For a period of time I drove Guruji to his class at SF State and assisted with compiling class materials and exams for those classes. After moving to Massachusetts, I continued to assist Michele with creating Chhandam School 6 Level Course Completion Program that she and Guruji put together in the ‘90s. I also assisted with compiling materials for what was to become the Chhandam Kathak Handbook (later called Guidebook).
You are the artistic director at Chhandika, founded in 2002. Describe the role that your organization plays in the local community.
First and foremost, Chhandika presently is a kathak dance academy dedicated to the legacy of Chitresh Das and focused on training the next generation of kathak dancers, while also offering classes to those who choose to do kathak simply for personal fulfillment and nourishment. We strive to provide a welcoming environment for each student who enters our classroom, acknowledging the fine human being within each individual. Our students and families have become a mutually supportive community, within the larger local communities of this area.
How has your experience been to study an Indian classical artform as someone who grew up in the US?
Hmmm. Too big an experience to fully address in this blog!
Naturally there were some cultural obstacles, while there were also cultural exchanges going on! If I hadn’t gotten together with George and instead had a partner who was in a very different realm, who didn’t understand what it was to learn these classical arts (as a westerner) it would have been more difficult. George shared in the experience of training with these master-gurus. During really difficult times, we had each other’s understanding to help get us through. We both recognized the teachings being given to us to be the treasure they are—pure gold, so to speak! How to reach the mountain top? It’s going to take going through the brambles and going through a lot of fire. And sometimes you don’t want to. It helps to have somebody who supports you through the obstacle course.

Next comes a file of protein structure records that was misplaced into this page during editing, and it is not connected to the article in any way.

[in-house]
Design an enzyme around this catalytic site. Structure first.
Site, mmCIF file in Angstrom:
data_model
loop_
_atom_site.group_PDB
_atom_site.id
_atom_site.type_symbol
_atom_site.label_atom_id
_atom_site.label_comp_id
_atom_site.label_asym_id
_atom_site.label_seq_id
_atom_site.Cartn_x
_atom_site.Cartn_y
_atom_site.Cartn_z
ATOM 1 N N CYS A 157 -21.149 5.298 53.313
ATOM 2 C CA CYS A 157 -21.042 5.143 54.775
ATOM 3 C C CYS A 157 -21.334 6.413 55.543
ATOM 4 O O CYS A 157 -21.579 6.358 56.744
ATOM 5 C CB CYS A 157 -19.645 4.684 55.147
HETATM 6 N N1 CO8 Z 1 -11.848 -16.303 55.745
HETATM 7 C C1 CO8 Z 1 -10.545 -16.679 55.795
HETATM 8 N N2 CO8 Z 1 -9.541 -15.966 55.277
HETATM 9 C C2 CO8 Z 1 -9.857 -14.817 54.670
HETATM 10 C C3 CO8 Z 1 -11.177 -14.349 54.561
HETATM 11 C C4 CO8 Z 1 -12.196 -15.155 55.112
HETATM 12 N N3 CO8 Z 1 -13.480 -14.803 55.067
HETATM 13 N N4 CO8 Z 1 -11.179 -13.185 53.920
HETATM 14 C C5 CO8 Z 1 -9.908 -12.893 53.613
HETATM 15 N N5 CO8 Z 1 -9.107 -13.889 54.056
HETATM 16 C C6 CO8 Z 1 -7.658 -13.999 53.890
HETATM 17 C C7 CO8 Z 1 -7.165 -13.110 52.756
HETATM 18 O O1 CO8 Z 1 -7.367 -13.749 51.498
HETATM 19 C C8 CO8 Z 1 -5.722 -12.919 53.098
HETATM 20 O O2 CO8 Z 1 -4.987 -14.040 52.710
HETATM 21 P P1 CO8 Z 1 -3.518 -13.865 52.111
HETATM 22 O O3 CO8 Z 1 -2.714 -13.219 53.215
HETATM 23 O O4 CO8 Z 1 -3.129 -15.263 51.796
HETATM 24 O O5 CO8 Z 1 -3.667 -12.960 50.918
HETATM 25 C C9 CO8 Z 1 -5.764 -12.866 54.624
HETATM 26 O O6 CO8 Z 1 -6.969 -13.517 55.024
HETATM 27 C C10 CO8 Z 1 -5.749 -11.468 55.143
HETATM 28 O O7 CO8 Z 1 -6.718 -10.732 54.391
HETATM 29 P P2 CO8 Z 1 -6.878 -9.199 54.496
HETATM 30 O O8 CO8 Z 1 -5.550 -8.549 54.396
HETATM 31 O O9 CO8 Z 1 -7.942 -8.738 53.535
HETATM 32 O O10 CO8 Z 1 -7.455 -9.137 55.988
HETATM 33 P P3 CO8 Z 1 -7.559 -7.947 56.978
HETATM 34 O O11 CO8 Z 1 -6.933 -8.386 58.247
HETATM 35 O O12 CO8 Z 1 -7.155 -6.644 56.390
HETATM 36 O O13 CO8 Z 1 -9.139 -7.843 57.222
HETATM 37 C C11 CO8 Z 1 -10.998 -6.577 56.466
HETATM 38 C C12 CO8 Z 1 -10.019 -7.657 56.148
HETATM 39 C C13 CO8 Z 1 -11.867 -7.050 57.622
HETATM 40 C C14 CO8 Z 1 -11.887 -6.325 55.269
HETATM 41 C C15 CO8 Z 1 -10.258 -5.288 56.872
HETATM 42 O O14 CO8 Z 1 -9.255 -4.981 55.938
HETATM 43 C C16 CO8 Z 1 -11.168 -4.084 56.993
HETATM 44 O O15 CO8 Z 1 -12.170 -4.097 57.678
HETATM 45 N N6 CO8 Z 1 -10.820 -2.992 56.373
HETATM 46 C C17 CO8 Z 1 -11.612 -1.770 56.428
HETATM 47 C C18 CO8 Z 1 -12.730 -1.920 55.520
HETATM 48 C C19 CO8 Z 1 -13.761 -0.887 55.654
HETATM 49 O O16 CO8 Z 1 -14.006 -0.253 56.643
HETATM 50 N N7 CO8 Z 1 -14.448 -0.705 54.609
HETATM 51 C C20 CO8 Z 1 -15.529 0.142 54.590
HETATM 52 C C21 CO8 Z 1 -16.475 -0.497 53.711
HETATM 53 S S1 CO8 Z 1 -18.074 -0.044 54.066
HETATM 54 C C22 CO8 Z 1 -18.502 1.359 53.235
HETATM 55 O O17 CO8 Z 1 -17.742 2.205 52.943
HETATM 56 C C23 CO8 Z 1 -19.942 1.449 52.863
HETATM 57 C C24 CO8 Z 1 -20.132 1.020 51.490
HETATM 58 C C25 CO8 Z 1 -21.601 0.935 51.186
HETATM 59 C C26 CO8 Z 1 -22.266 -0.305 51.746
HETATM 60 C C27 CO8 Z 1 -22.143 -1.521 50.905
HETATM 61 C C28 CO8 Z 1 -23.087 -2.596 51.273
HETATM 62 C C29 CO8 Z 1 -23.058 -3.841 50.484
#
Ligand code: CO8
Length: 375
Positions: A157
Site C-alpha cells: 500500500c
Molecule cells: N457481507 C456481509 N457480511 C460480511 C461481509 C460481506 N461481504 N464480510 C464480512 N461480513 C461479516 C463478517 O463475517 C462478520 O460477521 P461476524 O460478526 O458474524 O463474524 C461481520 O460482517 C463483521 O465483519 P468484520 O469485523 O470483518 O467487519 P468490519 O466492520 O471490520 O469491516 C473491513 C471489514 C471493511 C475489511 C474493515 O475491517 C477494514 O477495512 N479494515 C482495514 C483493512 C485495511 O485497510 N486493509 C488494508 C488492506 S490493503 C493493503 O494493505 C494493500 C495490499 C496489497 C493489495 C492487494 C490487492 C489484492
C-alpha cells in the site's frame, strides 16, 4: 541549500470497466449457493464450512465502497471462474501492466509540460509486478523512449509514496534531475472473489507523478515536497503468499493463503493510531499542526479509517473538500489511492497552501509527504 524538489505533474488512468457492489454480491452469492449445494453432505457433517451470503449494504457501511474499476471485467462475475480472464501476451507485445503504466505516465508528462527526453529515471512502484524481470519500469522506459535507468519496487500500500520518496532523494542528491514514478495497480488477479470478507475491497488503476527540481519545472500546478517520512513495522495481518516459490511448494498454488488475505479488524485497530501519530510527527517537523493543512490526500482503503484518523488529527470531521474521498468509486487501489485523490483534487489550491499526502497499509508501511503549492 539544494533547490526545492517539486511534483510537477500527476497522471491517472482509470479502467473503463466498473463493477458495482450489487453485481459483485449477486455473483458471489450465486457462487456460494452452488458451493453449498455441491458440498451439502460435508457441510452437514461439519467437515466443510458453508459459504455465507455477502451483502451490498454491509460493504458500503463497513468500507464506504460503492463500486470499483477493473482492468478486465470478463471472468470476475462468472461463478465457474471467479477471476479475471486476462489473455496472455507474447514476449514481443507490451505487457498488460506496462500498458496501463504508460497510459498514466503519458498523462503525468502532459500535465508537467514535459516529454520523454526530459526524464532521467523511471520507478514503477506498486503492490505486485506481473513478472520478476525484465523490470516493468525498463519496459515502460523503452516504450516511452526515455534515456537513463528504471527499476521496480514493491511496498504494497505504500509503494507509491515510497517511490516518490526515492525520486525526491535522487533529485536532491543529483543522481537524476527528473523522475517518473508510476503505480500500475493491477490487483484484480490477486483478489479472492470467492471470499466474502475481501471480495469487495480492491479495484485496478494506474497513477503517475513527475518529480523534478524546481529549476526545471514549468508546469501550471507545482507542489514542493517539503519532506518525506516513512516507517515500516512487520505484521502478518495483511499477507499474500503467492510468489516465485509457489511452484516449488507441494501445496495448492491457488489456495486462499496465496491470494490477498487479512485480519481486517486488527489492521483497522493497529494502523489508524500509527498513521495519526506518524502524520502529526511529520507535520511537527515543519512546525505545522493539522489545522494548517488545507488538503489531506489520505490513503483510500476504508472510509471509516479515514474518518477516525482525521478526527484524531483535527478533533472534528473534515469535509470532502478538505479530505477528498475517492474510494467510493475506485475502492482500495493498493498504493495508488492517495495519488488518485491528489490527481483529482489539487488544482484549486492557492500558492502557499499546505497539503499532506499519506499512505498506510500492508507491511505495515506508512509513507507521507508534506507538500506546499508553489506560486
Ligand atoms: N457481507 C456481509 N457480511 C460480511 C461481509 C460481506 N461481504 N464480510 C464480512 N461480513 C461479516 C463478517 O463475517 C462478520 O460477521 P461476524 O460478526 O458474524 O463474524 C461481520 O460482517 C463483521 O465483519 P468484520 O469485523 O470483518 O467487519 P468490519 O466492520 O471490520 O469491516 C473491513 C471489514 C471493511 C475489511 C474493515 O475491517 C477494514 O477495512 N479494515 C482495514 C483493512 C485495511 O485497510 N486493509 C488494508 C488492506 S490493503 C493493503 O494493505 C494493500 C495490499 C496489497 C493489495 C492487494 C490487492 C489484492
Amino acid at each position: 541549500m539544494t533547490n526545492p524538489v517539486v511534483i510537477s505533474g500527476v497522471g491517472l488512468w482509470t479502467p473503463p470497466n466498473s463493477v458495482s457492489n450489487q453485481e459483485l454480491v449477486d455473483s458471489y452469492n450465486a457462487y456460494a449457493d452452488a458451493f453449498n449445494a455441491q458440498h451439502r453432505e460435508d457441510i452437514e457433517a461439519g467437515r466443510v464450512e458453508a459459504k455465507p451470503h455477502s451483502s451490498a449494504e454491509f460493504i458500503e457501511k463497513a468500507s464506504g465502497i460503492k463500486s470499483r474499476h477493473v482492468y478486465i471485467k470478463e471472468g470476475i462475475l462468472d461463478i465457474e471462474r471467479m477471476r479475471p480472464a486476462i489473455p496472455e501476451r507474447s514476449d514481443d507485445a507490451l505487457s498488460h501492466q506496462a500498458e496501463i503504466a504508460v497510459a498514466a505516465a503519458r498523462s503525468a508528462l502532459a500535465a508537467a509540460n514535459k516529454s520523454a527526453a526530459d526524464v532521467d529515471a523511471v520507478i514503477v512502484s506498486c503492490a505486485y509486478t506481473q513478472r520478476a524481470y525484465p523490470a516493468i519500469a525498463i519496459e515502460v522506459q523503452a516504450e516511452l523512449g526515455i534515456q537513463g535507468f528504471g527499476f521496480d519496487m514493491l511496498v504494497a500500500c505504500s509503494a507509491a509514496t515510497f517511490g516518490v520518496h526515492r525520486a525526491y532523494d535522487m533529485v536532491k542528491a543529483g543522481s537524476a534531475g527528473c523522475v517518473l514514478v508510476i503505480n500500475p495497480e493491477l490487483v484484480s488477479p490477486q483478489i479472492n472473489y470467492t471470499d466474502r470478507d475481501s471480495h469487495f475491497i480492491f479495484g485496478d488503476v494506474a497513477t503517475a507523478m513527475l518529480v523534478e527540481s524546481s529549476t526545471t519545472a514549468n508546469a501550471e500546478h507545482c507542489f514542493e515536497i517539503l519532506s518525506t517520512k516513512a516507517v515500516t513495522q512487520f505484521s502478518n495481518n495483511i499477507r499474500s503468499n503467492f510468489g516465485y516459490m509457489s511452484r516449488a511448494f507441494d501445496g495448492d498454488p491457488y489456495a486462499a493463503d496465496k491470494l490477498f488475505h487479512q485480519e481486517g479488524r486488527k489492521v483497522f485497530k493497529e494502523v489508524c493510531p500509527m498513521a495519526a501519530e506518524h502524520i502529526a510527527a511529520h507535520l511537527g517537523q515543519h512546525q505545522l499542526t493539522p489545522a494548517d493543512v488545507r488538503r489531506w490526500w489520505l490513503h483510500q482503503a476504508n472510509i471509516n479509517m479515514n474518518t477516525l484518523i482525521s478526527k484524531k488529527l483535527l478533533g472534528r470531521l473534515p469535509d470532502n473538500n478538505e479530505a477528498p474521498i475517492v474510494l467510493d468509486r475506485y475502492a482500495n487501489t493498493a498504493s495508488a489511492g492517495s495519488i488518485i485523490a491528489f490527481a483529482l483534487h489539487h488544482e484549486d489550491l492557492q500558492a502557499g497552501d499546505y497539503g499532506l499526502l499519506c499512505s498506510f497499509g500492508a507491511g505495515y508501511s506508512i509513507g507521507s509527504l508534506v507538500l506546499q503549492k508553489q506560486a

The vision of Pandit Chitresh Das was always to strengthen the relationship between music and dance – what has been your experience collaborating with musicians?
I’ve been extremely fortunate to have my husband/partner George to collaborate with all through the years of our relationship. Extremely with a capital E! We have a wide circle of wonderful musician friends, from a wide variety of musical traditions. Added to this are the numerous stellar Indian music artists that we’ve had the great fortune to work with and who have become part of our musical family. I feel deep gratitude for the musical support I have been given along the way, that’s for sure. I look back at my early years as a budding dancer performer and am humbled by being able to dance to music composed by Ali Alkbar Khan and performed by the New Maihar Band, and that I have had the experience of being on stage with the likes of tabla masters Swapan Chaudhuri, Zakir Hussein, Gyan Prakash Ghosh, among others.
Can you describe your experience as a female artist, and your thoughts on women in the arts?
Another very big question/topic worthy of another conversation. It has of course been complex. When we were studying, it was under male gurus. An overwhelming percentage of Guruji’s students (and mine) have been female. Guruji often talked about powerful women, and at the same time there was a kind of contradiction because he could be very harsh with his female students. Let’s keep in mind that his Guruji was very harsh with him, also. From my experience, I do believe there are instances when that direct sting applied skillfully by a teacher is exactly the wake-up call that is needed. Through the intense training, practice and performing we tapped into our individual feminine-energy strengths. along with power and resilience, and hopefully Wisdom over time.